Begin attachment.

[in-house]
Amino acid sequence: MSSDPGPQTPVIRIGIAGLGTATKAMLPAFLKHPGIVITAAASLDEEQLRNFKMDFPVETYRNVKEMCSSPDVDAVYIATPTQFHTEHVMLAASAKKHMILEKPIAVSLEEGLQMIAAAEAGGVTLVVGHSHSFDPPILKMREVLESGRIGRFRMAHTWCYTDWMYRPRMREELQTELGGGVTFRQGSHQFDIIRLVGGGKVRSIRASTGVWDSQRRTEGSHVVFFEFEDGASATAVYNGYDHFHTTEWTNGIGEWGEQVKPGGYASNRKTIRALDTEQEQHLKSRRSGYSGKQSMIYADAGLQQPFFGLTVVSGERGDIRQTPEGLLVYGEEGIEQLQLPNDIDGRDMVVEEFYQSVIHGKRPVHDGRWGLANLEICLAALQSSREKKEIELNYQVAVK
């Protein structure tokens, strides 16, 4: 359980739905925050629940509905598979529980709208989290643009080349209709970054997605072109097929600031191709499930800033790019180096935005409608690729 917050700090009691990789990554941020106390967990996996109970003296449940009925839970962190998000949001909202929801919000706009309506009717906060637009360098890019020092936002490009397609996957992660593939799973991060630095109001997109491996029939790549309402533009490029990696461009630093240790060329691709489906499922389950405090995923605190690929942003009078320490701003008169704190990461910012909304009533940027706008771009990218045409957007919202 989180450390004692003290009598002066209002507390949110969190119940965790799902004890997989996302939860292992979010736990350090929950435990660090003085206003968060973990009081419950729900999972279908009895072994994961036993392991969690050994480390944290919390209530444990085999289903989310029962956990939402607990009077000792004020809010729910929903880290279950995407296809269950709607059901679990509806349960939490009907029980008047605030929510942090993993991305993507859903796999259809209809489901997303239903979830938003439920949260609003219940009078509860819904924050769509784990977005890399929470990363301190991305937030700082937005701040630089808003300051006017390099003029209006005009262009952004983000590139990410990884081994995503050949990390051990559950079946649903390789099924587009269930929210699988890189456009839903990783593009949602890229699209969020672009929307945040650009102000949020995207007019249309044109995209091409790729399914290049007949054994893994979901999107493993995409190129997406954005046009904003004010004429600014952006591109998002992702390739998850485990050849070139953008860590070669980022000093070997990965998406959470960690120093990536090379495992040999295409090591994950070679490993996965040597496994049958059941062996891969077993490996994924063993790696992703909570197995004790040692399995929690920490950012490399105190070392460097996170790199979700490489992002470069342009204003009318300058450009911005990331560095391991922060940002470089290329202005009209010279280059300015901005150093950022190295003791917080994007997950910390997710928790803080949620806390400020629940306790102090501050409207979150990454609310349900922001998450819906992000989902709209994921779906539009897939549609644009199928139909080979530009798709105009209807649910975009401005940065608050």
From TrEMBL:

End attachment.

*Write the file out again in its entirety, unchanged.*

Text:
[in-house]
Amino acid sequence: MSSDPGPQTPVIRIGIAGLGTATKAMLPAFLKHPGIVITAAASLDEEQLRNFKMDFPVETYRNVKEMCSSPDVDAVYIATPTQFHTEHVMLAASAKKHMILEKPIAVSLEEGLQMIAAAEAGGVTLVVGHSHSFDPPILKMREVLESGRIGRFRMAHTWCYTDWMYRPRMREELQTELGGGVTFRQGSHQFDIIRLVGGGKVRSIRASTGVWDSQRRTEGSHVVFFEFEDGASATAVYNGYDHFHTTEWTNGIGEWGEQVKPGGYASNRKTIRALDTEQEQHLKSRRSGYSGKQSMIYADAGLQQPFFGLTVVSGERGDIRQTPEGLLVYGEEGIEQLQLPNDIDGRDMVVEEFYQSVIHGKRPVHDGRWGLANLEICLAALQSSREKKEIELNYQVAVK
């Protein structure tokens, strides 16, 4: 359980739905925050629940509905598979529980709208989290643009080349209709970054997605072109097929600031191709499930800033790019180096935005409608690729 917050700090009691990789990554941020106390967990996996109970003296449940009925839970962190998000949001909202929801919000706009309506009717906060637009360098890019020092936002490009397609996957992660593939799973991060630095109001997109491996029939790549309402533009490029990696461009630093240790060329691709489906499922389950405090995923605190690929942003009078320490701003008169704190990461910012909304009533940027706008771009990218045409957007919202 989180450390004692003290009598002066209002507390949110969190119940965790799902004890997989996302939860292992979010736990350090929950435990660090003085206003968060973990009081419950729900999972279908009895072994994961036993392991969690050994480390944290919390209530444990085999289903989310029962956990939402607990009077000792004020809010729910929903880290279950995407296809269950709607059901679990509806349960939490009907029980008047605030929510942090993993991305993507859903796999259809209809489901997303239903979830938003439920949260609003219940009078509860819904924050769509784990977005890399929470990363301190991305937030700082937005701040630089808003300051006017390099003029209006005009262009952004983000590139990410990884081994995503050949990390051990559950079946649903390789099924587009269930929210699988890189456009839903990783593009949602890229699209969020672009929307945040650009102000949020995207007019249309044109995209091409790729399914290049007949054994893994979901999107493993995409190129997406954005046009904003004010004429600014952006591109998002992702390739998850485990050849070139953008860590070669980022000093070997990965998406959470960690120093990536090379495992040999295409090591994950070679490993996965040597496994049958059941062996891969077993490996994924063993790696992703909570197995004790040692399995929690920490950012490399105190070392460097996170790199979700490489992002470069342009204003009318300058450009911005990331560095391991922060940002470089290329202005009209010279280059300015901005150093950022190295003791917080994007997950910390997710928790803080949620806390400020629940306790102090501050409207979150990454609310349900922001998450819906992000989902709209994921779906539009897939549609644009199928139909080979530009798709105009209807649910975009401005940065608050």
From TrEMBL: